Image courtesy of geralt/Pixabay
The weaponisation of hyper-realistic synthetic video, audio, images, or texts –generally known as of synthetic media– may affect national security. How and to what extent?
This graphic highlights Russia’s political and economic performance relative to other post-Soviet states. For more on Russia’s economy, read Russian Analytical Digest No. 241: Russia’s Economy.
Terrorism does more than kill people and spread fear. We already knew that terrorism damages economies and weakens human rights; now we also know that it boosts military involvement in politics. This occurs because, in protracted struggles against terrorism, military actors may exploit their informational advantage over civilian authorities to “push” their way into politics and policymaking; or the military may be “pulled” into politics by decision makers.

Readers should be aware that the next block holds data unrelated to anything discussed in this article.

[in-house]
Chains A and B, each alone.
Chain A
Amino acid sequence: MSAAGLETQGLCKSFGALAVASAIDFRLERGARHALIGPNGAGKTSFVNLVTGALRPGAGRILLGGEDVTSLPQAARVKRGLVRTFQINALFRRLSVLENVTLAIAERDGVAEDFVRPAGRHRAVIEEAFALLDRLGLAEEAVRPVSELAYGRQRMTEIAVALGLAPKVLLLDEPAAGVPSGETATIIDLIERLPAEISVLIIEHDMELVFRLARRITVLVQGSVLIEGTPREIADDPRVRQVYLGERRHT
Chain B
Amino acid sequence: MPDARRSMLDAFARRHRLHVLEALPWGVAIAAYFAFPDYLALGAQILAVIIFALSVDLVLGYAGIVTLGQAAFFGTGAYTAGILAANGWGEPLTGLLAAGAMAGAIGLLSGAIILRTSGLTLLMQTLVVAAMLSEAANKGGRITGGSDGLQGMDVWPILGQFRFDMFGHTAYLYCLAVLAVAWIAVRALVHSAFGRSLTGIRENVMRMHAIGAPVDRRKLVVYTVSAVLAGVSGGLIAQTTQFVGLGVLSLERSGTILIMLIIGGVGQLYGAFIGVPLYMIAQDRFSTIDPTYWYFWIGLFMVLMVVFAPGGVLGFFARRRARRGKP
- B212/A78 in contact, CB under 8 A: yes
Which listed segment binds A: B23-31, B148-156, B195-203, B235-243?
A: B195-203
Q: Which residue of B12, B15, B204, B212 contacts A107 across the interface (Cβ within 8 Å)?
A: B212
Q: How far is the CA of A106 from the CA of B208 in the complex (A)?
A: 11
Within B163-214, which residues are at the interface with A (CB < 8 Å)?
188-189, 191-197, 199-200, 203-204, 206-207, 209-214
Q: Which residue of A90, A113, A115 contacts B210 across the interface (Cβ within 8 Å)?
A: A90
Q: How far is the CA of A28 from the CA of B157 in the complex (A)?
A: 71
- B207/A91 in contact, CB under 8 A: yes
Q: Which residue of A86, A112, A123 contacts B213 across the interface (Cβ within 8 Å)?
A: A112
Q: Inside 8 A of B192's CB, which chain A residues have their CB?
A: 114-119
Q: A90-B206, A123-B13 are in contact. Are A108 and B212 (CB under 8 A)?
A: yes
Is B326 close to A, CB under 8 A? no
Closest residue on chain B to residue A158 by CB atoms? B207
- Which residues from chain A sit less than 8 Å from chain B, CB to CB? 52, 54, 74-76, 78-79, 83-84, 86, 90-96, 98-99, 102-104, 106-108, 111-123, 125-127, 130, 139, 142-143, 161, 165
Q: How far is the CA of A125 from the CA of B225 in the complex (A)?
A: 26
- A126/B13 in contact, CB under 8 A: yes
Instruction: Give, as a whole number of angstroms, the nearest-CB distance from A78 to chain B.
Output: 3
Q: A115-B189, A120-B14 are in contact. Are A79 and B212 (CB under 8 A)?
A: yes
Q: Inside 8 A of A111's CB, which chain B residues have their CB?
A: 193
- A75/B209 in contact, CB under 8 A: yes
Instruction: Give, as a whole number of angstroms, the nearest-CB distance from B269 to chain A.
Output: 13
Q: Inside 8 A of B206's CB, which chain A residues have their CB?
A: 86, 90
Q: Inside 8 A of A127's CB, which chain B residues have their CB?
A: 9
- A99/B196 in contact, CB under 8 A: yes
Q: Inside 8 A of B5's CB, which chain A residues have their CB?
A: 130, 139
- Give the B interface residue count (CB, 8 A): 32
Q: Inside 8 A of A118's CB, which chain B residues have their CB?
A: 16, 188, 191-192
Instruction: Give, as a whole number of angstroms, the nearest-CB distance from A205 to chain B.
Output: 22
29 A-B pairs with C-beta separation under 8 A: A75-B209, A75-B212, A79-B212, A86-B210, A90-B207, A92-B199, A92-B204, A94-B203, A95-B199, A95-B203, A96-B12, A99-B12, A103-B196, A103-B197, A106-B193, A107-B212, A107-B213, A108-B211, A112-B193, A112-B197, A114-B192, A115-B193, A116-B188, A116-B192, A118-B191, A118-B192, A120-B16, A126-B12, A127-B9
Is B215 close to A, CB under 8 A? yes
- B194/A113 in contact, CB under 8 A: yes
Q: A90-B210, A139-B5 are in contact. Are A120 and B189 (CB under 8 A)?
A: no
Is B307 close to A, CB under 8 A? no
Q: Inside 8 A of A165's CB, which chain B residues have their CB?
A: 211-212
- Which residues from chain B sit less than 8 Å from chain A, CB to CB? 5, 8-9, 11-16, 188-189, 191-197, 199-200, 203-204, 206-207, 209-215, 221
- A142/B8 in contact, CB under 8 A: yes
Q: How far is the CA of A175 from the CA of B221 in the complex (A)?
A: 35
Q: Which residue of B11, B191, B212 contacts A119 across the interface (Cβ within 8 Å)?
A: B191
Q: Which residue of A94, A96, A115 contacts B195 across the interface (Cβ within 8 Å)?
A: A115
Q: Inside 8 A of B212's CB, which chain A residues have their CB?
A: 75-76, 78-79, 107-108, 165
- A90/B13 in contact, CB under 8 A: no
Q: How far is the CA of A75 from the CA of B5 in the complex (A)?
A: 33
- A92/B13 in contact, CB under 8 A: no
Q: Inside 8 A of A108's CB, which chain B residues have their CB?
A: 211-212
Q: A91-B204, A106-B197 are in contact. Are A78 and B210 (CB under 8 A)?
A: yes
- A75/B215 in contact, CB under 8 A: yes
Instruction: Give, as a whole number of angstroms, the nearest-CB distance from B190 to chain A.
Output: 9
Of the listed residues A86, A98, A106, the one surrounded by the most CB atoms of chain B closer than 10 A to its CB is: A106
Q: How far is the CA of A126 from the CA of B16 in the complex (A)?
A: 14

For ASPI’s 2019 conference, ‘War in 2025’, I was asked to identify the geopolitical realities that will shape the world of that year. Here I outline some of the strategic constants which—barring major catastrophes—will still most likely be in place in six years’ time.
The United States needs to safeguard the democratic process against foreign interference. It should ensure both the technical integrity of the voting system and that voters are not subjected to foreign influence operations that violate campaign laws.